Re:Why is parent insightful? (0)

Anonymous Coward | more than 6 years ago | (#25032391)

YouTube is NOTHING like Pandora, at all. One is configurable streaming radio that doesn't let you directly control hat you listen to beyond some parameters that gives you what you will probably like, the other only gives you what you look for explicitly.

Re:Why is parent insightful? (1)

mweather (1089505) | more than 6 years ago | (#25032699)

I think you're confused over what Pandora does. It doesn't find you music people like you liked, it find music that is like a certain band or artist or belongs to a certain genre and mixes of all of those. I can tell it to play Ska bands, and Ska bands that sound like The Specials, and get a mix of ska bands mostly consisting of 2 Tone Ska. It doesn't find you music other people with your tastes liked. It shows you your favorite bands' or songs' influences and those influenced by them. This is a great way to find stuff you'll like, but unless it sounds like something you're searching for, you won't find it. Searching for Sublime won't get you Matisyahu.

youtube - for music?! (0)

Anonymous Coward | more than 6 years ago | (#25032759)

I then simply go to youtube to listen to that band

You can't be serious, are you?

A number of times I had gone to youtube to hear a friend's music suggestion.

What an insult to the ear. Over-compressed, clipped, sampled at only 22KHz, and streamed at 64Kb/s. Why even bother? Posting a MIDI to be played over a 1st generation soundblaster would have sounded better.

Alas, youtube seems to be the place new music is frequently "auditioned" - and I use the word in the same sense that a kid uses "baked" after playing with their easy-bake oven.

Re:Very nice (1)

Darkness404 (1287218) | more than 6 years ago | (#25031691)

Ok, so what do you believe? This is like saying that because someone could potentially have another opinion that opinion is totally justified as the majority's. Otherwise you can criticize the local news for not reporting the man who claims that aliens just invaded down the street.

Sometimes it's not bias (2, Insightful)

Weaselmancer (533834) | more than 6 years ago | (#25032189)

Sometimes something truly sucks, and there is no way to put it in a positive light.

The recording industry grinding independent internet radio stations to paste being one good example.

Re:Sometimes it's not bias (1)

evilviper (135110) | more than 6 years ago | (#25032595)

Sometimes something truly sucks, and there is no way to put it in a positive light.

It's not a question of positive / negative. That assumes a quality judgment in the first place, which should not be involved in fair reporting.

This is an extremely very clear case of bias... Phrasing like to try and defend itself makes it extremely obvious the submitter has already passed judgment, even before hearing the described forthcoming justification from "the other side" of the argument. That is no longer reporting, since it doesn't present FACTS, but spouting off an opinion (biased as it is).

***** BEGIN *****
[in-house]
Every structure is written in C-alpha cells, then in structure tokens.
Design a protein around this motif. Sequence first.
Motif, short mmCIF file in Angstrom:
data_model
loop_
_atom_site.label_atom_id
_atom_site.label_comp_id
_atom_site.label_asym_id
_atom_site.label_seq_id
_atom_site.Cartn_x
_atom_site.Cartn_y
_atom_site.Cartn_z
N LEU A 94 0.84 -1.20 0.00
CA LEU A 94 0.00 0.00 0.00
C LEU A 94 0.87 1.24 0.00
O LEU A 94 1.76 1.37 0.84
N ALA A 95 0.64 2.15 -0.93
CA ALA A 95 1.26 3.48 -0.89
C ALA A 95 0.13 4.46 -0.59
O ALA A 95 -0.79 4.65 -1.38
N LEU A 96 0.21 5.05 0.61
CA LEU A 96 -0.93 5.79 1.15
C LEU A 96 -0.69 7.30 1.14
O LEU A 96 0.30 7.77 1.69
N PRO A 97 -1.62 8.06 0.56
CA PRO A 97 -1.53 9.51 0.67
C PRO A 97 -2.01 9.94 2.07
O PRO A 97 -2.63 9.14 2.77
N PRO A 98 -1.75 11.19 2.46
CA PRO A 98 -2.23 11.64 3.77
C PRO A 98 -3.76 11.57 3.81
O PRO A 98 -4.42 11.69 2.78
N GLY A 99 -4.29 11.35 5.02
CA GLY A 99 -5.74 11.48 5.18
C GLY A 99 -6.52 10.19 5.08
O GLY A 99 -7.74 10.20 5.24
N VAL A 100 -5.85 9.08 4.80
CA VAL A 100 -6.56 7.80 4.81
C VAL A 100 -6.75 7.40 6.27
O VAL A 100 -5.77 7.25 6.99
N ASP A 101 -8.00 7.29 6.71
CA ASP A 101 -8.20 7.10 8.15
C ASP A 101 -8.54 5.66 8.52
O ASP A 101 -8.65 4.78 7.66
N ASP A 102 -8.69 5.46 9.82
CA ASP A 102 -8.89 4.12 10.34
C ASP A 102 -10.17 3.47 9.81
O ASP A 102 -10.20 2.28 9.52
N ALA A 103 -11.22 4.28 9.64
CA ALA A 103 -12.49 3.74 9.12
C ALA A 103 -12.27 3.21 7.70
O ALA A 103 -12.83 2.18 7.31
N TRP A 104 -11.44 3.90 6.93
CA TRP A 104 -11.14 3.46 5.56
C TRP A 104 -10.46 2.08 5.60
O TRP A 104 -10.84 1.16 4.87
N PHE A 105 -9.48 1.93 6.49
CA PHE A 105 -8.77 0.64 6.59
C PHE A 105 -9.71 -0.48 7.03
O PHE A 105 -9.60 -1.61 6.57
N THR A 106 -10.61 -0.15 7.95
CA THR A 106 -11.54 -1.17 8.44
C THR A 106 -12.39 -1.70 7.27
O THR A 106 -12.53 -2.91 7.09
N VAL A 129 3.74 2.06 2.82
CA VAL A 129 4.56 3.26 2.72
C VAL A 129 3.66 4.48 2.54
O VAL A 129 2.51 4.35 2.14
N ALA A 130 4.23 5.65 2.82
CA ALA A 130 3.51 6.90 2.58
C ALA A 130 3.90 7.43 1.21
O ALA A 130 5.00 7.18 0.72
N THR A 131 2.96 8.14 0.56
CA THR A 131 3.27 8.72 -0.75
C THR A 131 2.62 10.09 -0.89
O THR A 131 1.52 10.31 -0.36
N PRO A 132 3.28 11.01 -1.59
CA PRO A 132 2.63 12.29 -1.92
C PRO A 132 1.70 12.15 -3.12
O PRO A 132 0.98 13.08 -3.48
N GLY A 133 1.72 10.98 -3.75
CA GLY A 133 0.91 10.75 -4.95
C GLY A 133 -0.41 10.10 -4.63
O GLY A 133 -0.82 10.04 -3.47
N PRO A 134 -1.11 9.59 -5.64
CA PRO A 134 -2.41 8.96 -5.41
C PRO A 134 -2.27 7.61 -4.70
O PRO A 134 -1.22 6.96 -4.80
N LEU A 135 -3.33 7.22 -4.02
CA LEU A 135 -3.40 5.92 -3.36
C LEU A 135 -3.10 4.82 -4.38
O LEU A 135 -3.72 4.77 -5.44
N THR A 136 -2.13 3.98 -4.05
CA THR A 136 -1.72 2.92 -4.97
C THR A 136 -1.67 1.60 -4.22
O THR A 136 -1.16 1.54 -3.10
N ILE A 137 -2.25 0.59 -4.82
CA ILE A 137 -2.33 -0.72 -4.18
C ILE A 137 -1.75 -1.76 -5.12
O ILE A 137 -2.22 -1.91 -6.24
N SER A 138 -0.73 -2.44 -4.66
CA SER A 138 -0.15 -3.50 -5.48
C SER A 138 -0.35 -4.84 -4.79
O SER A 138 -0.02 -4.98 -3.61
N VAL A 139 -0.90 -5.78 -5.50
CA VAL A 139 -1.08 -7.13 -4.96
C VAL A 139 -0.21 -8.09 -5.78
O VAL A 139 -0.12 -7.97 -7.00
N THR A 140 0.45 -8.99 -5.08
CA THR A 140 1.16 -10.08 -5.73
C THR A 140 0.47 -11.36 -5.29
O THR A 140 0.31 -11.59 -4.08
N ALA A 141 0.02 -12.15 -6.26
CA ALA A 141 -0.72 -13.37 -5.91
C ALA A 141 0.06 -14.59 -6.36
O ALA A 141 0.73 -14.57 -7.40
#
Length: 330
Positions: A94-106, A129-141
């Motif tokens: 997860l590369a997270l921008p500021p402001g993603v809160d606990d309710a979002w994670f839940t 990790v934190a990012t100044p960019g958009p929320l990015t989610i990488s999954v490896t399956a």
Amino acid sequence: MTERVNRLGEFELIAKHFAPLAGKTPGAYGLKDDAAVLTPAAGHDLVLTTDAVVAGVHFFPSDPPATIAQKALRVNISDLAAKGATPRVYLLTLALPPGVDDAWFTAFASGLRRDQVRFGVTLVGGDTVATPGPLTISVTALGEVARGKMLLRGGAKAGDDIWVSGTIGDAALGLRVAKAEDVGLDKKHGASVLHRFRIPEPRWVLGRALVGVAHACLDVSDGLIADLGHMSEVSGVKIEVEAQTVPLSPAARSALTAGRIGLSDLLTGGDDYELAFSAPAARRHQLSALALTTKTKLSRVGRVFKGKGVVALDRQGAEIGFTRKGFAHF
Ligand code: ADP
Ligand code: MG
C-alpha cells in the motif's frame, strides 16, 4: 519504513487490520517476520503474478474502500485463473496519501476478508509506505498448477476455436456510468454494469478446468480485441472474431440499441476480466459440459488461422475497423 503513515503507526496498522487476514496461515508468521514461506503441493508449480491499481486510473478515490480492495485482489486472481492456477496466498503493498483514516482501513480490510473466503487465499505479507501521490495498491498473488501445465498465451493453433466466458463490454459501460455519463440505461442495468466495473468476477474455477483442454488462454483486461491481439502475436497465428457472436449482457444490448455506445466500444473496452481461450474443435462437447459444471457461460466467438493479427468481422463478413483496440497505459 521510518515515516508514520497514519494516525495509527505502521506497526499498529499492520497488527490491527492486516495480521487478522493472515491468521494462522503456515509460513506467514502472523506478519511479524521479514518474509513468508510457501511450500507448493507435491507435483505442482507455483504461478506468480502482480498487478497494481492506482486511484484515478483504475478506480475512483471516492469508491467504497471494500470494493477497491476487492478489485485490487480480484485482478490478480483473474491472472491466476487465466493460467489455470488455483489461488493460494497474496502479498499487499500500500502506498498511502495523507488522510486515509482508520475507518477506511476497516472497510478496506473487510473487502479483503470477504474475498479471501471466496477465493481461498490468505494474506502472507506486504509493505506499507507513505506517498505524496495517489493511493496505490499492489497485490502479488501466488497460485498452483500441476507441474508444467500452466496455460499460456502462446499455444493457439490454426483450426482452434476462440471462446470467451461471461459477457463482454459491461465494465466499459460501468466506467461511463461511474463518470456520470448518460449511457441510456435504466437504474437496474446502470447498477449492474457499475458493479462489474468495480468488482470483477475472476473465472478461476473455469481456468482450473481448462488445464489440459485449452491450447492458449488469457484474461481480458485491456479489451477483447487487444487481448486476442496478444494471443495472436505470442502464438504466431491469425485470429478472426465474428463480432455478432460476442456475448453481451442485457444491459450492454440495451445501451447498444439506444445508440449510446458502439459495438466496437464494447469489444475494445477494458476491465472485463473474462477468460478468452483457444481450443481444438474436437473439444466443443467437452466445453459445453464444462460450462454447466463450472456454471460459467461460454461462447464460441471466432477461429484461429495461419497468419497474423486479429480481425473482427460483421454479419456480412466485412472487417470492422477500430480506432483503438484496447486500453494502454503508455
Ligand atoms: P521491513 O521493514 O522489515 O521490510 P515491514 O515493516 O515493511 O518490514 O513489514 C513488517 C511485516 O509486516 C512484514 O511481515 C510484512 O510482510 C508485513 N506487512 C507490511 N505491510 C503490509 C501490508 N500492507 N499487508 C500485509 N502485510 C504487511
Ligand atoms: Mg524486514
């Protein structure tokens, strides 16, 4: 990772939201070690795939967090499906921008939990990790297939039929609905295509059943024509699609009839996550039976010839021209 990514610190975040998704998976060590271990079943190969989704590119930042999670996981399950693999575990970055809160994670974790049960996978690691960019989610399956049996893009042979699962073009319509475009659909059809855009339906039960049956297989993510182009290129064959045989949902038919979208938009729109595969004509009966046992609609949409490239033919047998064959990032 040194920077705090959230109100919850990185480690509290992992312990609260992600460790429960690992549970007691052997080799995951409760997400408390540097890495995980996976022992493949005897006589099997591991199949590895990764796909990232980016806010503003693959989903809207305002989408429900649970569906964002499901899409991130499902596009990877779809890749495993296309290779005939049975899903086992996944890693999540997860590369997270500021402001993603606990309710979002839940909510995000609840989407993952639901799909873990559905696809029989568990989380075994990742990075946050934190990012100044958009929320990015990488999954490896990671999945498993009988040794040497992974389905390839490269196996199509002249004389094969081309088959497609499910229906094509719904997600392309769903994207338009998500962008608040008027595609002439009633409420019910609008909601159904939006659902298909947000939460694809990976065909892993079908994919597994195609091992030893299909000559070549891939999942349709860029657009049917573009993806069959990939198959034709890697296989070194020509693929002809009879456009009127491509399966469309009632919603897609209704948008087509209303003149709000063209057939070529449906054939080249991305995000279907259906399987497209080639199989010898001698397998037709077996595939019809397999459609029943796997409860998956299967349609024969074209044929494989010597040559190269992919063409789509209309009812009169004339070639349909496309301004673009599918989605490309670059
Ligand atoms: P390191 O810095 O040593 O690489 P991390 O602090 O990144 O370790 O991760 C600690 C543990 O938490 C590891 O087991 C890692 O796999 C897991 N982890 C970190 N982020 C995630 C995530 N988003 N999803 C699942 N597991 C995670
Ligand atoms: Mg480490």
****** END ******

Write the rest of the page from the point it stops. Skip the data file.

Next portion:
Let's try an example, shall we... Take the hypothetical example of a news story on flat-earthers. Now write a few headlines for the story.

Unbiased: Some believe Earth is flat, despite overwhelming evidence to the contrary.

Biased: Some stupid people believe the backwards theory that Earth is flat.

Also Biased: Experts attempting to show that Earth is flat, having difficulty fighting entrenched round-earth theory.

All are factually correct, and "truely sucks" describes nothing better than flat-earthers. But that doesn't mean you can't tell the truth without bias.

Well, hell (2, Insightful)

Creepy Crawler (680178) | more than 6 years ago | (#25031377)

Why doest Pandora just strike up with indie studios and go mono e mono with musicians for play rights?

And if Congress is forcing internet radio companies to pay to some RIAA-hole, countersue them under RICO. After all, they're pooling their money. And isnt payola illegal?

Re:Well, hell (1)

Grishnakh (216268) | more than 6 years ago | (#25031457)

Screw that; why doesn't Pandora just pack up and move to the Bahamas or Grand Cayman? They'd get a nice, tropical island location (though they'd have to worry a little more about hurricanes), and they wouldn't have to worry about this RIAA silliness.

Re:Well, hell (2, Funny)

clang_jangle (975789) | more than 6 years ago | (#25031475)

mono e mono

Unless you were referring to simulated stereo, you mean "mano a mano".

Re:Well, hell (1)

bigstrat2003 (1058574) | more than 6 years ago | (#25031521)